After criticism from the state ACLU and local advocates, a South Dakota legislator has modified her bill that would impose penalties for failing to render the state seal in a “full and complete” fashion. The offense could still result in up to a year of jail time, but any artistic or satirical representations are now explicitly exempted from prosecution.
Rep. Sue Peterson of Sioux Falls, who introduced House Bill 1102 last week, maintains that her primary concern is ensuring that the state motto “Under God the People Rule” is included whenever the seal is used on commercial merchandise or by the state itself. Peterson said she and several of her colleagues noticed that their official state apparel made by inmates of the women’s prison in Pierre did not include the motto, and the bill was intended to correct that oversight.
A Sioux Falls-area blogger and podcast host cast doubt on that incident as the sole motivator, however, pointing out that he recently created a satirical take on the official seal in order to criticize state and local police departments’ use of forced catheterization to collect urine from criminal suspects who refuse to voluntarily provide a sample. The American Civil Liberties Union is suing a total of 20 officers from the state Highway Patrol and two local forces who have allegedly participated in such practices, as well as the state Department of Social Services and Avera St. Mary’s Hospital in Pierre.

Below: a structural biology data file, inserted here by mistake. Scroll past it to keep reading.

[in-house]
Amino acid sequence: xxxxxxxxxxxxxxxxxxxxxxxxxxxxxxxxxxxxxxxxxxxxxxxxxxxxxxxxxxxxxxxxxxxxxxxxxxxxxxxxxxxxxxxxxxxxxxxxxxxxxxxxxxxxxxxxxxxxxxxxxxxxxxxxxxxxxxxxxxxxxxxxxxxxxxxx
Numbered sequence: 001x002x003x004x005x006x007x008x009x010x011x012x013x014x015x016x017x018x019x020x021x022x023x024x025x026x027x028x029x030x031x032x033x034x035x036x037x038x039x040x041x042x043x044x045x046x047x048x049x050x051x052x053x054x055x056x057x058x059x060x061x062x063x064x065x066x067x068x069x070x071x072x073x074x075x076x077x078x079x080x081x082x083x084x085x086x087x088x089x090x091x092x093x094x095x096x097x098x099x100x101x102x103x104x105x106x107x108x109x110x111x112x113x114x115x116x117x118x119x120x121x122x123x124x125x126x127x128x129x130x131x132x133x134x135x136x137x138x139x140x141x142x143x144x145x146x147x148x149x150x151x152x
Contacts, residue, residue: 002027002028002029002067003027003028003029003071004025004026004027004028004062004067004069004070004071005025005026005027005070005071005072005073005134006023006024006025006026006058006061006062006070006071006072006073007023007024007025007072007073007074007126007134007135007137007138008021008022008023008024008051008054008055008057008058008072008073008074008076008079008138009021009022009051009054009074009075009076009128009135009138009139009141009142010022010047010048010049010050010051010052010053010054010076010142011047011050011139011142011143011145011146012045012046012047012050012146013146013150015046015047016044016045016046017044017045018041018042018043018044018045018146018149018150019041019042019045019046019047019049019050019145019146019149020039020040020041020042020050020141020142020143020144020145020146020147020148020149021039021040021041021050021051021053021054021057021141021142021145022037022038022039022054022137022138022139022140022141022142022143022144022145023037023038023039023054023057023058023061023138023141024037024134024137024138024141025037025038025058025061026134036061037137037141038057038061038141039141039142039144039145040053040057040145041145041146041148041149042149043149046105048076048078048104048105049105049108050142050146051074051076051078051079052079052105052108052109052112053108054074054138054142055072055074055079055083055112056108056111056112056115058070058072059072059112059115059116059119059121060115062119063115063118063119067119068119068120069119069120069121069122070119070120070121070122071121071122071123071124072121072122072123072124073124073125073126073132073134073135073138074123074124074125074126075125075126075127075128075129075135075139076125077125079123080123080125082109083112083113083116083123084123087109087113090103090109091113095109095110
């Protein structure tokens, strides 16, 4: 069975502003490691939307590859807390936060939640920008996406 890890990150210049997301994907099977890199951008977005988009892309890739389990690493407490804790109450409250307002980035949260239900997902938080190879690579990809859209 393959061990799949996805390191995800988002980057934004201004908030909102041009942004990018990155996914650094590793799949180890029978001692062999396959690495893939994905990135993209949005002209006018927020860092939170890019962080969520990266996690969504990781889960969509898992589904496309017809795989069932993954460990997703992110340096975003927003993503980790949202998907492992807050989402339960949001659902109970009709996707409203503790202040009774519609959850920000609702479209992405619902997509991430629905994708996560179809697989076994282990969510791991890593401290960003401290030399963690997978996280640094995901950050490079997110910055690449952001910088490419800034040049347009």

After that story broke last spring, Sioux Empire Podcast host Robert Mehling created the cartoon shown here–replacing the state seal with an image of torture from the Spanish Inquisition and adding a bonus Pikachu to the state flag. Mehling told the Sioux Falls Argus Leader that when he first read HB 1102, “it felt like they were specifically talking about our artwork.”
Indeed, the original text of the bill simply stated that “any replica, facsimile, or reproduction of the state seal shall be a representation of the full and complete seal and shall include the state motto ‘Under God The People Rule.’” After a fair amount of nationwide ridicule–and after the South Dakota ACLU pointed out the bill was blatantly unconstitutional–Rep. Peterson amended the text to clarify that “these requirements do not infringe upon or limit any artistic or satirical use of the seal.”
Following that modification which effectively rendered HB 1102 moot since it replicates existing law, the legislation passed out of the House State Affairs Committee on an 11-1 vote. The lone dissenter, Rep. Tona Rozum of Mitchell, pointed out that the bill is redundant and there is no “need to add more stuff into statute when the policy exists.” Rep. Rozum is quite correct, but at least it is now simply pointless rather than unconstitutional!
Contributing Editor Maren Williams is a reference librarian who enjoys free speech and rescue dogs.